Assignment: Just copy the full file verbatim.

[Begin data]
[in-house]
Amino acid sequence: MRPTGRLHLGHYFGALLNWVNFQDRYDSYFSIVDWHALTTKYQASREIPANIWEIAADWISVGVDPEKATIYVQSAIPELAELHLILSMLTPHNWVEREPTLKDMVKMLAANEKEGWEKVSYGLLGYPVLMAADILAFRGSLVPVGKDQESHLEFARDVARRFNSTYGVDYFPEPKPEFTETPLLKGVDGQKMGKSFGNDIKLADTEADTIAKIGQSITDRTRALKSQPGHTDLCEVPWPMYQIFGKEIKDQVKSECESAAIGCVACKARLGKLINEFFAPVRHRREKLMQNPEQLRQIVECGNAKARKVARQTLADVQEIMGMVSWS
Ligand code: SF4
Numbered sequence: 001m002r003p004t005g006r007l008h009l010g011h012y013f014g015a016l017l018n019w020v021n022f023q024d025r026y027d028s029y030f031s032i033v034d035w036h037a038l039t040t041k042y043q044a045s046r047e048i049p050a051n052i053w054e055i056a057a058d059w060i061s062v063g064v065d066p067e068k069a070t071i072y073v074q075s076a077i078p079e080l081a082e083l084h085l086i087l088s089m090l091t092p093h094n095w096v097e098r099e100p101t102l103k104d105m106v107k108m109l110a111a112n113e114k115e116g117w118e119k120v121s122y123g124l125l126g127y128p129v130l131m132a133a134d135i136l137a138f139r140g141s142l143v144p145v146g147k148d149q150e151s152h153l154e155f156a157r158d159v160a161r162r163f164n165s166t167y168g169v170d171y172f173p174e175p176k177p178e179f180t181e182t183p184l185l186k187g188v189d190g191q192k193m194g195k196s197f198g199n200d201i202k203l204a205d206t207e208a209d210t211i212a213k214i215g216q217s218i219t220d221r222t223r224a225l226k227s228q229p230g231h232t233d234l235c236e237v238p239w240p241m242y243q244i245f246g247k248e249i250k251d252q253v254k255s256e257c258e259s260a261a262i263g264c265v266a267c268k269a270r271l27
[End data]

[in-house]
Amino acid sequence: MRPTGRLHLGHYFGALLNWVNFQDRYDSYFSIVDWHALTTKYQASREIPANIWEIAADWISVGVDPEKATIYVQSAIPELAELHLILSMLTPHNWVEREPTLKDMVKMLAANEKEGWEKVSYGLLGYPVLMAADILAFRGSLVPVGKDQESHLEFARDVARRFNSTYGVDYFPEPKPEFTETPLLKGVDGQKMGKSFGNDIKLADTEADTIAKIGQSITDRTRALKSQPGHTDLCEVPWPMYQIFGKEIKDQVKSECESAAIGCVACKARLGKLINEFFAPVRHRREKLMQNPEQLRQIVECGNAKARKVARQTLADVQEIMGMVSWS
Ligand code: SF4
Numbered sequence: 001m002r003p004t005g006r007l008h009l010g011h012y013f014g015a016l017l018n019w020v021n022f023q024d025r026y027d028s029y030f031s032i033v034d035w036h037a038l039t040t041k042y043q044a045s046r047e048i049p050a051n052i053w054e055i056a057a058d059w060i061s062v063g064v065d066p067e068k069a070t071i072y073v074q075s076a077i078p079e080l081a082e083l084h085l086i087l088s089m090l091t092p093h094n095w096v097e098r099e100p101t102l103k104d105m106v107k108m109l110a111a112n113e114k115e116g117w118e119k120v121s122y123g124l125l126g127y128p129v130l131m132a133a134d135i136l137a138f139r140g141s142l143v144p145v146g147k148d149q150e151s152h153l154e155f156a157r158d159v160a161r162r163f164n165s166t167y168g169v170d171y172f173p174e175p176k177p178e179f180t181e182t183p184l185l186k187g188v189d190g191q192k193m194g195k196s197f198g199n200d201i202k203l204a205d206t207e208a209d210t211i212a213k214i215g216q217s218i219t220d221r222t223r224a225l226k227s228q229p230g231h232t233d234l235c236e237v238p239w240p241m242y243q244i245f246g247k248e249i250k251d252q253v254k255s256e257c258e259s260a261a262i263g264c265v266a267c268k269a270r271l27